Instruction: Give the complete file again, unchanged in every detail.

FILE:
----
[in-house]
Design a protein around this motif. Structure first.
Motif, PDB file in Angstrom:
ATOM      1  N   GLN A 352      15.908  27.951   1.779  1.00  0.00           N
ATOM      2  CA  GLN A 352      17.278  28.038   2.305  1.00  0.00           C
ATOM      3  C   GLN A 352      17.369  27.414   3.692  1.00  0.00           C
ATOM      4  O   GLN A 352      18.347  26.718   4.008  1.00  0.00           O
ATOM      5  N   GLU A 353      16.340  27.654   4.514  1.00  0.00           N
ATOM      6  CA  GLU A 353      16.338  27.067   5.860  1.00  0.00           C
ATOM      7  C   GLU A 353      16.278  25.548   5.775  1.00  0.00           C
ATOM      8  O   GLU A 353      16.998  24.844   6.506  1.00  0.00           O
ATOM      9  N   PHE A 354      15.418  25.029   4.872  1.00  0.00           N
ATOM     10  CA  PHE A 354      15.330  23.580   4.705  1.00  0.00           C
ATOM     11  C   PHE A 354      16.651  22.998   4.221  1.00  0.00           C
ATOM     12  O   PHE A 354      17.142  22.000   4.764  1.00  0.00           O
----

[in-house]
Design a protein around this motif. Structure first.
Motif, PDB file in Angstrom:
ATOM      1  N   GLN A 352      15.908  27.951   1.779  1.00  0.00           N
ATOM      2  CA  GLN A 352      17.278  28.038   2.305  1.00  0.00           C
ATOM      3  C   GLN A 352      17.369  27.414   3.692  1.00  0.00           C
ATOM      4  O   GLN A 352      18.347  26.718   4.008  1.00  0.00           O
ATOM      5  N   GLU A 353      16.340  27.654   4.514  1.00  0.00           N
ATOM      6  CA  GLU A 353      16.338  27.067   5.860  1.00  0.00           C
ATOM      7  C   GLU A 353      16.278  25.548   5.775  1.00  0.00           C
ATOM      8  O   GLU A 353      16.998  24.844   6.506  1.00  0.00           O
ATOM      9  N   PHE A 354      15.418  25.029   4.872  1.00  0.00           N
ATOM     10  CA  PHE A 354      15.330  23.580   4.705  1.00  0.00           C
ATOM     11  C   PHE A 354      16.651  22.998   4.221  1.00  0.00           C
ATOM     12  O   PHE A 354      17.142  22.000   4.764  1.00  0.00           O